Portal & laquo; History.php & raquo; first published (from the Archive of the President of the Russian Federation) excerpts from the analytical report of the prefecture of the Paris police to the Ministry of Internal Affairs. This report covers the first wave of Russian emigration, namely the period of 1907 – 1912 years.
It is interesting, and what analytical reports are written in the prefecture of the Paris police today, when the city was swept by wild crowds of emigrants from Africa, Asia and the Middle East.
Russian revolutionary emigrants in Paris.
Paris has always been a favorite refuge for emigrants from the Russian Empire: the Polish rebels found a warm welcome and sometimes enthusiastic admirers; The oppressed Jews were received with compassion for the nature of their misfortune; nihilists also used a mystical legend that enveloped all their actions.
Emigrants, however, did not represent a problem either for the Government or for individuals. They were few, and therefore quickly dissolved in the vast population of Paris and, because of their disunity, assimilated so that their individual representatives could participate in French social and political life.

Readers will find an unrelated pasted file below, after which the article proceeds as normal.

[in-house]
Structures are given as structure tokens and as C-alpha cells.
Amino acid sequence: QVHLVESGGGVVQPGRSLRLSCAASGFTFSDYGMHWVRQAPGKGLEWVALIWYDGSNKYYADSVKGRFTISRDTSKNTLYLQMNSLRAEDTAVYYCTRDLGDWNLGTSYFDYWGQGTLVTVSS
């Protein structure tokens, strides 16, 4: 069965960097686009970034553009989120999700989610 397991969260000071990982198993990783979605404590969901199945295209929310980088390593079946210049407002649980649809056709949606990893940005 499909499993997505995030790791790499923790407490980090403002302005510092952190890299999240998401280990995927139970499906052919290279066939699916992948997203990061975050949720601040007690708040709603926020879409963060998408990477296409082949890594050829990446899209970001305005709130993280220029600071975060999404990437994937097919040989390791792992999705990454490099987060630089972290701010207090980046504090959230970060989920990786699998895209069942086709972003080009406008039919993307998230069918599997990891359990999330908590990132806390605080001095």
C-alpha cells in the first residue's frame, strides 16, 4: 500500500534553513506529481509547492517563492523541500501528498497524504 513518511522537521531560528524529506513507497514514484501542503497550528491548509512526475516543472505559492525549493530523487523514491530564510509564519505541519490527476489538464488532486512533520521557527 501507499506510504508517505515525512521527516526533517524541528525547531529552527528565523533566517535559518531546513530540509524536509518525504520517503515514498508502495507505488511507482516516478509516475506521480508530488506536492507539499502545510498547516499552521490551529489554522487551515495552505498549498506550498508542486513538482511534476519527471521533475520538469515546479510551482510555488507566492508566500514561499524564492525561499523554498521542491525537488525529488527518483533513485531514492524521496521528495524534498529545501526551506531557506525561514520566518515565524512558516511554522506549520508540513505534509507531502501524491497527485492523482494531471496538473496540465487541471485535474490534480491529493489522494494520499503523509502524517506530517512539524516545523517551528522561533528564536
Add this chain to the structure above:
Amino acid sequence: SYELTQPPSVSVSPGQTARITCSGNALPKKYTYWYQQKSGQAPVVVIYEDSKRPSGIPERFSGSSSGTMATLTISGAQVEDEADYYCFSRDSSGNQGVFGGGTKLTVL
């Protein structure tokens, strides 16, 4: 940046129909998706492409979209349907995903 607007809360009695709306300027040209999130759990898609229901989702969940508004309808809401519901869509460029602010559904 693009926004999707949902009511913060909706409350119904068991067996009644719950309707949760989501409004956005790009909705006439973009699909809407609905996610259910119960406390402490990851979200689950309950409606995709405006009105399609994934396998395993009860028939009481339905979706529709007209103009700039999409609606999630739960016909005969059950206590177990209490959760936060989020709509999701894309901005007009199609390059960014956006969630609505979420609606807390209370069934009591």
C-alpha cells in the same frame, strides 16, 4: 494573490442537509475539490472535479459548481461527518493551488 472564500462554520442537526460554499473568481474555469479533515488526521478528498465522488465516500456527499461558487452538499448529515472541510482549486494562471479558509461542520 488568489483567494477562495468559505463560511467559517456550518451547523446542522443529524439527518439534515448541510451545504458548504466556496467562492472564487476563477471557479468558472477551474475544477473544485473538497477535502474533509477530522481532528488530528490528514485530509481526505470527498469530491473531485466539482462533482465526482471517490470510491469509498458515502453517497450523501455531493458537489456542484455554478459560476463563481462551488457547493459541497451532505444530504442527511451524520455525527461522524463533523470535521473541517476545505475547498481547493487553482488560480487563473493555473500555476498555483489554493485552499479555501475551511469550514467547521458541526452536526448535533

Today it is not so: the consequences of the war in Manchuria outraged Russian society. In recent years, this has led to an abnormal mass emigration of not only individuals, but also the numerous groups that come to us on a daily basis.
It must be noted from the outset that among the people who left their native land, the youngest people, mobilized for the war, were the first in time, but because of fear of battles or in accordance with their political convictions, they were inclined to emigrate. The majority of emigrants are Jews from the Polish provinces of the Russian Empire, the number of which can not now be accurately calculated. It reached two or three thousand people.